How to extend the life of your asphalt or concrete driveway

Concrete driveways are frequently twice as expensive as asphalt driveways, but they can last up to 30 years without showing major wear. (Photo courtesy of Angie's List member Ernest C. of Chicago)

Concrete driveways are frequently twice as expensive as asphalt driveways, but they can last up to 30 years without showing major wear. (Photo courtesy of Angie's List member Ernest C. of Chicago)

Your driveway takes a beating.

Whether it’s a two-ton car driving over it multiple times a day, the hot sun beating down, salt deteriorating the surface in the winter or water seeping into cracks causing the cement to freeze and crack, it’s important to fight back and give your driveway some relief from that pain.

Regular maintenance on your driveway every two to three years can prevent staining and cracks, while significantly extending its life. A well-maintained driveway enhances your home’s curb appeal and can increase its resale value.

“There’s nothing you can do to stop cracking,” said Tyler Stephens, owner of Indianapolis-based Stephens Sealing LLC. “It’s going to crack because of Mother Nature. Tree roots can grow under the driveway and raise it up, and you’re going to get water in there. You want to keep as much moisture out as you can.”

Reapplying sealant to your driveway is the most important preventative measure you can take because it stops water, ice, car fluids, salt and other chemicals from staining and breaking it down.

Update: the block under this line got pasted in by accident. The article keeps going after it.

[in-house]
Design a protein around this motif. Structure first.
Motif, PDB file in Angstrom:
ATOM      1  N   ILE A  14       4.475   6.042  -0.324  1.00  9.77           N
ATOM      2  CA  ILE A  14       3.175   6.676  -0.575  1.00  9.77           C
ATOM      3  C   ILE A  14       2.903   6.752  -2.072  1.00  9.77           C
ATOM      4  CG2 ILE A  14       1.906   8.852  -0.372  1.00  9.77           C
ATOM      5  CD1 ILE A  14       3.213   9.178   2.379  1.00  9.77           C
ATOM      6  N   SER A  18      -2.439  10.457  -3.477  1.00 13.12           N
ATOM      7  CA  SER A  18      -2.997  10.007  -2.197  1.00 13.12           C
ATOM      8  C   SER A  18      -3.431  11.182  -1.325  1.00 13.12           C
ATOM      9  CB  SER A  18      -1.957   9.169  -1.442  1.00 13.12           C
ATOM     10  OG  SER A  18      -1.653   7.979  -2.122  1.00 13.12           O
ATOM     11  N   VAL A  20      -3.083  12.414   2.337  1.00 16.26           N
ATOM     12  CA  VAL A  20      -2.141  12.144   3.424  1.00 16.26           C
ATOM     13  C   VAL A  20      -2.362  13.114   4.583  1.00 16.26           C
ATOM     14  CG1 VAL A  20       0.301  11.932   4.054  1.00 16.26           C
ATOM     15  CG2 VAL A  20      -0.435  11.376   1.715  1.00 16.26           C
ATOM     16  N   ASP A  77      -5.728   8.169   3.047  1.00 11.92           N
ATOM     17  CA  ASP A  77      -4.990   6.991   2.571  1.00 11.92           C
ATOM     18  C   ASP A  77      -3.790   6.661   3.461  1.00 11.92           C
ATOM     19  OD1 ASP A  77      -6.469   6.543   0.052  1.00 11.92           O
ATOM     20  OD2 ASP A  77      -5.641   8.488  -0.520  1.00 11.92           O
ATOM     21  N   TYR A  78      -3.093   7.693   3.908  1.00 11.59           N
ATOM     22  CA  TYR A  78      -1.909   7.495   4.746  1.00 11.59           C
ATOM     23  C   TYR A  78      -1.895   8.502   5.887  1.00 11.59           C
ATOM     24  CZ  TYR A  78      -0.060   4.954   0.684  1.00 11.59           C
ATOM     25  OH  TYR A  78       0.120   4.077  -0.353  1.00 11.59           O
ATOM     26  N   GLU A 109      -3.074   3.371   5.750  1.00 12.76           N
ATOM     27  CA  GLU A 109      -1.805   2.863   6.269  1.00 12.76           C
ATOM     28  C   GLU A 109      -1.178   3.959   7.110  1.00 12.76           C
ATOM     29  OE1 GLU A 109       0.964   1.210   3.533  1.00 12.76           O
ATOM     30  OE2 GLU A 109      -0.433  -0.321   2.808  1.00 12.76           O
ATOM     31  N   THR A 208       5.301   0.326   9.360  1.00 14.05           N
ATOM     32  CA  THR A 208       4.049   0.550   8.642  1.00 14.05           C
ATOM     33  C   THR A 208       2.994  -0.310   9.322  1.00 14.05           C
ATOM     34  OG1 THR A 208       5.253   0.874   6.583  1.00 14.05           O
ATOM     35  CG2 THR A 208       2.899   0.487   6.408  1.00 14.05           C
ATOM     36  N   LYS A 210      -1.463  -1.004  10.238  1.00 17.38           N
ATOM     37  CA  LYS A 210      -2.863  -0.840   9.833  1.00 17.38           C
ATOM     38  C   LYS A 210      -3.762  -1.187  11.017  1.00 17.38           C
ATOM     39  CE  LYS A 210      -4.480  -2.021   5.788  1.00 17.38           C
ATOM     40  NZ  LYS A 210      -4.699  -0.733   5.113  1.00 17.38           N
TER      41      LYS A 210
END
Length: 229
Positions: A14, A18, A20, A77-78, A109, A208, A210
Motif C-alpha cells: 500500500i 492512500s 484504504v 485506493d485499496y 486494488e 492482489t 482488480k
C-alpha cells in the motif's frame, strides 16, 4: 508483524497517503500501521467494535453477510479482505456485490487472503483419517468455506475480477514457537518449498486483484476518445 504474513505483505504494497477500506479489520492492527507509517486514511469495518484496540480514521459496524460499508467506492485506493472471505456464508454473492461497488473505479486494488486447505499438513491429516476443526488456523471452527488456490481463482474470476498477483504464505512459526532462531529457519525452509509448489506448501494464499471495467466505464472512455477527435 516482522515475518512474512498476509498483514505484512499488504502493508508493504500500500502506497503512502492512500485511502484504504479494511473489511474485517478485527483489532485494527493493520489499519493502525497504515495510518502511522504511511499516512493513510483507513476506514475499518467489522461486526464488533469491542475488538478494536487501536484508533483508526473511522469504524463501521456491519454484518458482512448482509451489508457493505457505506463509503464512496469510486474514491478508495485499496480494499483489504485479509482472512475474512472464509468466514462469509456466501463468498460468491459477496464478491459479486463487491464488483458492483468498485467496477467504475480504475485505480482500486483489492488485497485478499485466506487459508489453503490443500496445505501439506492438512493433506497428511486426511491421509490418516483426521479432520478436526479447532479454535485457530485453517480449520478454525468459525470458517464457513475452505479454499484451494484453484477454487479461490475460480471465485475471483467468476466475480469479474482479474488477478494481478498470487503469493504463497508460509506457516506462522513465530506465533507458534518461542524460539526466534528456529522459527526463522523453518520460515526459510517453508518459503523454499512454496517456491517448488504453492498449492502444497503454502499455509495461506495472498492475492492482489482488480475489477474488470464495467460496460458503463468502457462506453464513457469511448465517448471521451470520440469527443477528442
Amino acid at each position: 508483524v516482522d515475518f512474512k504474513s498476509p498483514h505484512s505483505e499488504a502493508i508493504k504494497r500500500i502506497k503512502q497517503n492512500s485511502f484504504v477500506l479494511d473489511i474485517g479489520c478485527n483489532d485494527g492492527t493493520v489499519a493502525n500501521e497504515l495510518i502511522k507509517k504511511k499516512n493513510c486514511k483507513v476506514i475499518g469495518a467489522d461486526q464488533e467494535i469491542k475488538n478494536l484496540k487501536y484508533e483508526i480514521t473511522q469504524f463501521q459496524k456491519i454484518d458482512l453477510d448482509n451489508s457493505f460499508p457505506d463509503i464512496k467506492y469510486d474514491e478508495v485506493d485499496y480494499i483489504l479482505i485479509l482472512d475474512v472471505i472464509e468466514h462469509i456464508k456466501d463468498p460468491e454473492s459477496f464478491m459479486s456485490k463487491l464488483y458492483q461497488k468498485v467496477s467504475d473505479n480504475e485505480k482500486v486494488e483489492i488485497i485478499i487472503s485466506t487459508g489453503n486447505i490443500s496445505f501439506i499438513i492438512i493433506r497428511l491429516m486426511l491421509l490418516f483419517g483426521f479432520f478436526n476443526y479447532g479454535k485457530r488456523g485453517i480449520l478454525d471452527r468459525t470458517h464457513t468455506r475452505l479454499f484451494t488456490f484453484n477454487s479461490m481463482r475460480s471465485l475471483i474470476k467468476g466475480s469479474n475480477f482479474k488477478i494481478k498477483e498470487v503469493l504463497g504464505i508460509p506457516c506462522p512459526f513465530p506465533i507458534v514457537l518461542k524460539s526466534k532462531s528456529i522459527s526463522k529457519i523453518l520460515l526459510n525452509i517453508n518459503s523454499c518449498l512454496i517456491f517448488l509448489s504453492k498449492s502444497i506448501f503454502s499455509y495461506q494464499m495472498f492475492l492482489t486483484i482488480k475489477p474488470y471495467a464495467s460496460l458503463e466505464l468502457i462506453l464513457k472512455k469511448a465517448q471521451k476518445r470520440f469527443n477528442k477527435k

Sealants can be added to concrete, asphalt and brick driveways. Concrete is more expensive, but lasts 30 years. Asphalt is typically half the price and lasts for about 20 years.

For asphalt driveways, which can wear down quicker than brick and concrete, Stephens said his company can replace entire sections of the driveway without replacing the whole thing. Stephens said hot rubber is poured to fix cracks and holes before it gets sealed with a new blacktop. Concrete driveways, meanwhile, will break down based on the weather and the amount of vehicle traffic.

“For concrete driveways, we pressure wash it first,” Stephens said. “It removes the dirt and the stains. Then we fix the cracks and sealcoat it. For stone driveways, we use a high-gloss sealer, which is an oil-based product. It brings out the color and holds everything in. It keeps water from seeping through.”

Bob Showecker, owner of Indianapolis-based Showecker Masonry, said there are several types of sealcoats. The more expensive sealants, he said, typically last longer.

For brick or paver block driveways, Showecker said it’s important to perform general maintenance on them because sand can come up through the cracks and lead to grass growing in between the stones.

“If you put a plastic coating down, the grass won’t grow,” he said. “If you get a crack in the brick, we can just grab that brick with a screwdriver and drop a new one in. There’s usually less maintenance involved with brick driveways.”

Individual bricks which may have cracked can also be easily replaced to keep your driveway looking new.

Fixing minor problems like stains, as well as sealcoating the pavement, can cost between $200 and $300. Replacing a section of the asphalt driveway, for example, can cost several hundred dollars more, but that is still far cheaper than spending thousands on a new driveway. What kind of surface does this refer to?

If having maintenance work done on your driveway, make sure that the contractor is insured.  Ask for photos or references of previous work done and make sure you get a written estimate. 

“Look out for the fly-by-night companies,” Stephens said. “They’re out there trying to scam people. Look for a company that is it for the long haul.”

Editor's note: This article orignally published in August 2013.

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